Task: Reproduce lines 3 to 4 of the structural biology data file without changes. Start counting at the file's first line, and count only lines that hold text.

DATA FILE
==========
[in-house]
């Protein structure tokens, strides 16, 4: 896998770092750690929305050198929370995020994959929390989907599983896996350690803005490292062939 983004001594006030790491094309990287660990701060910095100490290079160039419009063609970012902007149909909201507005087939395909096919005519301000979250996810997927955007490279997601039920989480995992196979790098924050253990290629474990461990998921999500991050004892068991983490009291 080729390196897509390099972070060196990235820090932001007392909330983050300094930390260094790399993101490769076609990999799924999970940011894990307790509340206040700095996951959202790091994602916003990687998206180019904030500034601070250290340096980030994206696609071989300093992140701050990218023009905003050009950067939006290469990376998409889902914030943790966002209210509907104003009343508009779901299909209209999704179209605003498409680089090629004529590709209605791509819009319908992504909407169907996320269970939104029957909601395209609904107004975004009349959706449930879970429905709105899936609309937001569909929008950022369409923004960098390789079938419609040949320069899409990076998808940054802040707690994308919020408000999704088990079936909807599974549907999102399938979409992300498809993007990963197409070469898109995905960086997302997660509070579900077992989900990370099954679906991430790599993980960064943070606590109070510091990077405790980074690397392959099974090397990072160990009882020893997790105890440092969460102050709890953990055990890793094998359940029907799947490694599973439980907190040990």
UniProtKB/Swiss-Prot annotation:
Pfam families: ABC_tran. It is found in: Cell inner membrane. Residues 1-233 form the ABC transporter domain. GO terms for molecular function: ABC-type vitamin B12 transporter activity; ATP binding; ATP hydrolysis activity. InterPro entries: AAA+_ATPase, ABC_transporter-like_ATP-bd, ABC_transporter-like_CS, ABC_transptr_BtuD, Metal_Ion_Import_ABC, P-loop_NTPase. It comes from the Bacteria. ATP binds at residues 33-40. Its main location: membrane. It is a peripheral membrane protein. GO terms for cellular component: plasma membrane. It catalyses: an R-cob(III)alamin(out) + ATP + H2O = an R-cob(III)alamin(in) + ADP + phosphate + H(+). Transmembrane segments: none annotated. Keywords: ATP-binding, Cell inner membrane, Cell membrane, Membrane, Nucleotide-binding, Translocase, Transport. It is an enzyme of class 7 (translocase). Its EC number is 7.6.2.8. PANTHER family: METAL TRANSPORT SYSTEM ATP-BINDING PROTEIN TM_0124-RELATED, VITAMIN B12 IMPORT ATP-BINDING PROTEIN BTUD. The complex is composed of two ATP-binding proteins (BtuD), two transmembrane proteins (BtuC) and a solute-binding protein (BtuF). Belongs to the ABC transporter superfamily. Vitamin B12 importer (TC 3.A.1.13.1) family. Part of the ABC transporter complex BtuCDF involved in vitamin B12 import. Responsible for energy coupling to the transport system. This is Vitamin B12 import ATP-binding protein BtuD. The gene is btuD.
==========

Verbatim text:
UniProtKB/Swiss-Prot annotation:
Pfam families: ABC_tran. It is found in: Cell inner membrane. Residues 1-233 form the ABC transporter domain. GO terms for molecular function: ABC-type vitamin B12 transporter activity; ATP binding; ATP hydrolysis activity. InterPro entries: AAA+_ATPase, ABC_transporter-like_ATP-bd, ABC_transporter-like_CS, ABC_transptr_BtuD, Metal_Ion_Import_ABC, P-loop_NTPase. It comes from the Bacteria. ATP binds at residues 33-40. Its main location: membrane. It is a peripheral membrane protein. GO terms for cellular component: plasma membrane. It catalyses: an R-cob(III)alamin(out) + ATP + H2O = an R-cob(III)alamin(in) + ADP + phosphate + H(+). Transmembrane segments: none annotated. Keywords: ATP-binding, Cell inner membrane, Cell membrane, Membrane, Nucleotide-binding, Translocase, Transport. It is an enzyme of class 7 (translocase). Its EC number is 7.6.2.8. PANTHER family: METAL TRANSPORT SYSTEM ATP-BINDING PROTEIN TM_0124-RELATED, VITAMIN B12 IMPORT ATP-BINDING PROTEIN BTUD. The complex is composed of two ATP-binding proteins (BtuD), two transmembrane proteins (BtuC) and a solute-binding protein (BtuF). Belongs to the ABC transporter superfamily. Vitamin B12 importer (TC 3.A.1.13.1) family. Part of the ABC transporter complex BtuCDF involved in vitamin B12 import. Responsible for energy coupling to the transport system. This is Vitamin B12 import ATP-binding protein BtuD. The gene is btuD.